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Reloading Techniques For Reloading


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Powder scale or e-scale? that is the question

 
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  #1  
Old 07-20-2013, 10:45 PM
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Join Date: Jul 2013
Posts: 93
Powder scale or e-scale? that is the question

I'm new to the idea of long range shooting but it fits my hips and knees. :-)

After around a 10 yr absence to reloading I just re-equipped myself and am excited at the new advancements in technology.

Questions: You loaders that take this seriously are you content and confident in the electronic powder scales and their inherent +/- load variations?

How many grains between load sizes is significant? 1/2 grain increments when fine tuning your tack drives, or less?
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  #2  
Old 07-21-2013, 08:27 AM
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Join Date: Jan 2011
Location: Spokane, WA
Posts: 2,224
Re: Powder scale or e-scale? that is the question

The electronic scales are the way to go. Tied into your powder dispenser better yet.
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  #3  
Old 07-21-2013, 09:05 AM
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Join Date: Jul 2004
Location: Texas
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Re: Powder scale or e-scale? that is the question

Quote:
Originally Posted by RustyRick View Post
I'm new to the idea of long range shooting but it fits my hips and knees. :-)

After around a 10 yr absence to reloading I just re-equipped myself and am excited at the new advancements in technology.

Questions: You loaders that take this seriously are you content and confident in the electronic powder scales and their inherent +/- load variations?

How many grains between load sizes is significant? 1/2 grain increments when fine tuning your tack drives, or less?
I like and use both for different reasons.

The beam scales are very accurate but they are slower than the electronic scales. I use the beam scale
when I an loading precision ammo or working up loads to make sure the loads are identical.

The Electronic scales are very fast and work well for weighing brass, bullets and loading for bulk
shooting at the range and distance is under 300 yards.

I also use the beam scales to check the electronic scales (They never match exactly) so after I have a charge that Is perfect on the beam scale I place it on the electronic scale to transfer the weight so
I can duplicate the load on the electronic scales.

Just the way I re-load.

So I would recommend buying a "GOOD" beam scale first and then later buy an electronic scale.

J E CUSTOM
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  #4  
Old 07-21-2013, 09:15 AM
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Join Date: Jan 2011
Location: Spokane, WA
Posts: 2,224
Re: Powder scale or e-scale? that is the question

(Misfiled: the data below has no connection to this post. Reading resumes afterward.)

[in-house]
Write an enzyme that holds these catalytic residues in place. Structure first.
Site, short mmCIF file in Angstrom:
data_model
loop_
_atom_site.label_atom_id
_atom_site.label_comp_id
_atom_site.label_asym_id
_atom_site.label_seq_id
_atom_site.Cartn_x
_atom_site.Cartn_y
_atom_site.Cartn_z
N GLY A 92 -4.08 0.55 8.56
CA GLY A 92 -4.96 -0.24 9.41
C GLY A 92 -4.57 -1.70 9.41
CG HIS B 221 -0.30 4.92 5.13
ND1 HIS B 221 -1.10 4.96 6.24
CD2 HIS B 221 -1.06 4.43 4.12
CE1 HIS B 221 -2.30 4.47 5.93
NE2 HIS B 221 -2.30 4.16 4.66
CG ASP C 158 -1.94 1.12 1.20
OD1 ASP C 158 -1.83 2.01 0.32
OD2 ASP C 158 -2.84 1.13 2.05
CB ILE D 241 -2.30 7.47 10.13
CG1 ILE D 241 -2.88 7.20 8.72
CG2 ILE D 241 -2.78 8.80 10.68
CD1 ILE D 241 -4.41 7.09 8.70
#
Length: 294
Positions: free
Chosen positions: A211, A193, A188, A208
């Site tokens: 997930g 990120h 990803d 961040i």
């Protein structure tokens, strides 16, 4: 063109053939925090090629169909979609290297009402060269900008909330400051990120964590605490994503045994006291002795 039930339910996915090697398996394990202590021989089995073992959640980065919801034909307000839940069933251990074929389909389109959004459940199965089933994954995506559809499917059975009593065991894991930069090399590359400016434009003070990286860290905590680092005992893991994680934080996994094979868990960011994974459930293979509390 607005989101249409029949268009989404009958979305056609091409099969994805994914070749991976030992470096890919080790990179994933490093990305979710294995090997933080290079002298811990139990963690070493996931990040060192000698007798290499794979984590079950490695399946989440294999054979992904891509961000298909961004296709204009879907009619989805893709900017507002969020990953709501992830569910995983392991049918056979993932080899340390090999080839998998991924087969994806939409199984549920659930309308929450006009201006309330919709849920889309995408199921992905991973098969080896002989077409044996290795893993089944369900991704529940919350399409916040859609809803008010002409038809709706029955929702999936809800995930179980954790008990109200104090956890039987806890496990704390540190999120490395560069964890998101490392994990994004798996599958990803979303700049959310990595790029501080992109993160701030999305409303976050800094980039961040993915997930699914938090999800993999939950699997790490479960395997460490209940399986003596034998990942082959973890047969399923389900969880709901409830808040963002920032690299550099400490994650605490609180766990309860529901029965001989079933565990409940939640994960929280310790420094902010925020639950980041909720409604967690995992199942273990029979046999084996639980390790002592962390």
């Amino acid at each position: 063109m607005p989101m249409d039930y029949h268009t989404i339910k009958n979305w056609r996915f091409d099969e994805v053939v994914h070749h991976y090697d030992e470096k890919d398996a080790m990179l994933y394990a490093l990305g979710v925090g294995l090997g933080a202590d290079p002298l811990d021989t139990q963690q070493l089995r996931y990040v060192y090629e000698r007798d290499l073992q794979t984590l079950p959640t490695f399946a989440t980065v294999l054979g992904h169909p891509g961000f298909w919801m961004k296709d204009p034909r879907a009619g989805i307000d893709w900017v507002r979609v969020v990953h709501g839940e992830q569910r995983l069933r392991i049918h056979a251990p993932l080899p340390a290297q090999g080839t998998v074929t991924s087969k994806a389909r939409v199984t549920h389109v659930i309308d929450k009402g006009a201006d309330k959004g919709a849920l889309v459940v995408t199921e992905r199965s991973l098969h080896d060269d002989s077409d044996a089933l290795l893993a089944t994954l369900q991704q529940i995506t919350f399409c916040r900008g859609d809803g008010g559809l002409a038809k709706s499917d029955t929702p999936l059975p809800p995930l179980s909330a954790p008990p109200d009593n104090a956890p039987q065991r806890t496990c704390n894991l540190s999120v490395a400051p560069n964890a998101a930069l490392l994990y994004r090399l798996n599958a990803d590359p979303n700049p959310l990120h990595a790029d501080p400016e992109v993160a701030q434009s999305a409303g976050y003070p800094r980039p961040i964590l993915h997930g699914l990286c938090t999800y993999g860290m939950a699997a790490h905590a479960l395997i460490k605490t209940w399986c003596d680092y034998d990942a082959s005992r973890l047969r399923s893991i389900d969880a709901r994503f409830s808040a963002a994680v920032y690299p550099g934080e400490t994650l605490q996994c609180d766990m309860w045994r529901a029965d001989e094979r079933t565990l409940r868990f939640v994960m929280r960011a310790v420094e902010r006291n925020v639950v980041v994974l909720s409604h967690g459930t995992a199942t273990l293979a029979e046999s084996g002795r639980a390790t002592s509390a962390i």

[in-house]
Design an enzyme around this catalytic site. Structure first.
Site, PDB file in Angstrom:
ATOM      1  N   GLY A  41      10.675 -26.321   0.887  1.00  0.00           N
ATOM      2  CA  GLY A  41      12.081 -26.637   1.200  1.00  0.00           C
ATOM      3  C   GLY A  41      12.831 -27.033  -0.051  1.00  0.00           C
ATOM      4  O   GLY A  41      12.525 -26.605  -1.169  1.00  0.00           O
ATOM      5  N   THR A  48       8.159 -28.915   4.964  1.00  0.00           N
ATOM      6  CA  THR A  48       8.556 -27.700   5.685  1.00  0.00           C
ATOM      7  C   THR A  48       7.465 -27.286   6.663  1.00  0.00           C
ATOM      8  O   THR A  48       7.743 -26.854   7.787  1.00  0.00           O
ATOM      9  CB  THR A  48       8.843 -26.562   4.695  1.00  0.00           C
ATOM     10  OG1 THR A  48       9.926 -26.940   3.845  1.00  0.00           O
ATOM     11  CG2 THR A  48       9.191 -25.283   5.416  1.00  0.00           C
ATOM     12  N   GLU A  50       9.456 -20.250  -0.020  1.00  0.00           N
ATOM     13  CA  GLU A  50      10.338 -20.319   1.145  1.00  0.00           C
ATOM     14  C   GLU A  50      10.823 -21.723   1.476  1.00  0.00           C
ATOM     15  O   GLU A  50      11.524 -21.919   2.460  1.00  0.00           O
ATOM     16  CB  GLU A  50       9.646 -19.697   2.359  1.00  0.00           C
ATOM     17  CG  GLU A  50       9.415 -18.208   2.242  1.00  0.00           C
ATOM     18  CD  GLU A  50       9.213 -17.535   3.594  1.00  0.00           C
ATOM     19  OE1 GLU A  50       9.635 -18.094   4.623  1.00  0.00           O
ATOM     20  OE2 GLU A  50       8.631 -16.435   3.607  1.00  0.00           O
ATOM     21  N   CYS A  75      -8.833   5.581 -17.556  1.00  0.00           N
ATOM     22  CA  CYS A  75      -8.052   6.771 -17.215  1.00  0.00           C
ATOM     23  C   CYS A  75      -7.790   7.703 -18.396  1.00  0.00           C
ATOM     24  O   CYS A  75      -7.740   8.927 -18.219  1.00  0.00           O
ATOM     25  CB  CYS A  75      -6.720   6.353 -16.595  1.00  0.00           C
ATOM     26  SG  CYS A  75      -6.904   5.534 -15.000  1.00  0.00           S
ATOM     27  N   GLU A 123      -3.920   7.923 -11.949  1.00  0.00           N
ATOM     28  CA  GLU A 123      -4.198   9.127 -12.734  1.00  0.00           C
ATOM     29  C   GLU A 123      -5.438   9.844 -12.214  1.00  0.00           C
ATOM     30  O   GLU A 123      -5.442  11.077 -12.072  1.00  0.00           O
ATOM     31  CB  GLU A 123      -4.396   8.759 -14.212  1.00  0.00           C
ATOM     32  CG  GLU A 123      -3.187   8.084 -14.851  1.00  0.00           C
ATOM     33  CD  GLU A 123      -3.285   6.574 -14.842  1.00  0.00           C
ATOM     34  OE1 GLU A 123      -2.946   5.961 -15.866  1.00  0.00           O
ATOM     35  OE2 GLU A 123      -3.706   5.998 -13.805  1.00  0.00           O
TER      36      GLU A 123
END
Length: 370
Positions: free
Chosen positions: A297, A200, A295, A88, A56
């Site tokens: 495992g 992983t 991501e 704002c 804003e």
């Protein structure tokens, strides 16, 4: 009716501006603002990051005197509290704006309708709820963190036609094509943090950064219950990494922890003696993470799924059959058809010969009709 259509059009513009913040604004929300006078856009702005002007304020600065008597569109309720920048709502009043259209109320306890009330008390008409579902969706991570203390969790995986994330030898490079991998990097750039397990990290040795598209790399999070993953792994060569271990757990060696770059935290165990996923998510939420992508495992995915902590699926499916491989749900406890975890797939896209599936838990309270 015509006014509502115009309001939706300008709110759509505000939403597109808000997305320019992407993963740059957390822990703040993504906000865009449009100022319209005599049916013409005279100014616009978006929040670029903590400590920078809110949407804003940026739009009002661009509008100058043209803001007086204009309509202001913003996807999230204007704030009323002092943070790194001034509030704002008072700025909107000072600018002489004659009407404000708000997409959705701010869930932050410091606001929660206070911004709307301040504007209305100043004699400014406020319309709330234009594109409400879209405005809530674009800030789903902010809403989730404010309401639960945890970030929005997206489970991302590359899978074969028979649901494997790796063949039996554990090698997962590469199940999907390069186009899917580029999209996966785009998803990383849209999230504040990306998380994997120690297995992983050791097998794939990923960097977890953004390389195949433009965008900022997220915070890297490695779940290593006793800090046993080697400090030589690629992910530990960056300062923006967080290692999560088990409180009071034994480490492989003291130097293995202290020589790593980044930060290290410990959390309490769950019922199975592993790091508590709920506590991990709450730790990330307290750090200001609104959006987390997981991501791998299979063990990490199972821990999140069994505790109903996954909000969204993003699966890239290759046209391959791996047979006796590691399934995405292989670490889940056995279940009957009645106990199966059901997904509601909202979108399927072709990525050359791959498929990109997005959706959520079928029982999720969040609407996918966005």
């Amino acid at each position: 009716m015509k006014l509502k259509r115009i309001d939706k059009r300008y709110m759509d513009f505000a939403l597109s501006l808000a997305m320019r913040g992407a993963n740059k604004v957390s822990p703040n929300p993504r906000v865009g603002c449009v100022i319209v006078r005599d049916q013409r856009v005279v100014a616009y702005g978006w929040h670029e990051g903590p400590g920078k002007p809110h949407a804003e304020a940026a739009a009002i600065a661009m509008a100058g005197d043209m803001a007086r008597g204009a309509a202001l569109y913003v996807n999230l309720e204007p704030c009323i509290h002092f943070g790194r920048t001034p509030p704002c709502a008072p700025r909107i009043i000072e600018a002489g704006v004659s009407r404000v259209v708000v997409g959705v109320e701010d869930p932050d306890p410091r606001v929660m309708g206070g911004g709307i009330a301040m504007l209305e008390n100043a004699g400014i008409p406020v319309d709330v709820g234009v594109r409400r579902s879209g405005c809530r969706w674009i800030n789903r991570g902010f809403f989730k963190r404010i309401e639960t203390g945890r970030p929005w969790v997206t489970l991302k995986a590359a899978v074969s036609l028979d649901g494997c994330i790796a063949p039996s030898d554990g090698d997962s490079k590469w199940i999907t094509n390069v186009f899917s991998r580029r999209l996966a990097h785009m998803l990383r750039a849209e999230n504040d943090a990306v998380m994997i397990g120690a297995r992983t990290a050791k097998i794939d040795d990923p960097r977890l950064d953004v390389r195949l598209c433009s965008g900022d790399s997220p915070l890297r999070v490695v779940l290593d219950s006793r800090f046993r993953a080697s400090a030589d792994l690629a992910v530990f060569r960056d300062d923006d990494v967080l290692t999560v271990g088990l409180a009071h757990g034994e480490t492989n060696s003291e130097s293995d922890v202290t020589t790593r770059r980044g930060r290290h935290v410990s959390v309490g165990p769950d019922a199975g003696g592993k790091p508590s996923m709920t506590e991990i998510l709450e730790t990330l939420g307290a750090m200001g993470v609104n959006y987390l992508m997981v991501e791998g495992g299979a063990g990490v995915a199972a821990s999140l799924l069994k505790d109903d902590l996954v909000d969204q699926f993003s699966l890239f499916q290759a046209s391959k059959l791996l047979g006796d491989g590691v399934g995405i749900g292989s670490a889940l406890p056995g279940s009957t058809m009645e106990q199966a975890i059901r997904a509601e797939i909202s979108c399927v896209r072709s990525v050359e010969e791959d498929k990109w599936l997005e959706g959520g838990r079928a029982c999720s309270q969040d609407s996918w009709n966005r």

It occurs to me maybe my problem is never having used a "GOOD" beam scale. Which ones do you like, and what if any features do you feel are essential?
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  #5  
Old 07-21-2013, 11:00 AM
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Join Date: Jun 2012
Posts: 25
Re: Powder scale or e-scale? that is the question

there is no doubt that high end electronic scaled are very very accurate. Personally I use both a beam, and an electronic together. I weigh to a close weight with the electronic, then transfer to the beam, which I KNOW is always 100% accurate. The electronic scale cuts a ton of time off. I can throw one complete charge in around 15-20 seconds maybe. Perhaps im just old school but I just cant seem to trust electronics completely.
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  #6  
Old 07-21-2013, 11:36 AM
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Join Date: Apr 2011
Location: Spotsylvania, VA
Posts: 310
Re: Powder scale or e-scale? that is the question

I don't care about speed,(when reloading)) so my RCBS 505 has been a long partner. I tried the electronic scale maybe 15 years ago and just couldn't trust it. I'm sure they are probably much better nowadays. but, reloading is my, "me time" and I'm in no hurry.
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  #7  
Old 07-21-2013, 07:37 PM
Platinum Member
 
Join Date: Dec 2011
Location: Michigan
Posts: 1,053
Re: Powder scale or e-scale? that is the question

Quote:
Originally Posted by J E Custom View Post
I like and use both for different reasons.

The beam scales are very accurate but they are slower than the electronic scales. I use the beam scale
when I an loading precision ammo or working up loads to make sure the loads are identical.

The Electronic scales are very fast and work well for weighing brass, bullets and loading for bulk
shooting at the range and distance is under 300 yards.

I also use the beam scales to check the electronic scales (They never match exactly) so after I have a charge that Is perfect on the beam scale I place it on the electronic scale to transfer the weight so
I can duplicate the load on the electronic scales.

Just the way I re-load.

So I would recommend buying a "GOOD" beam scale first and then later buy an electronic scale.

J E CUSTOM
+1, exactly what I do/use
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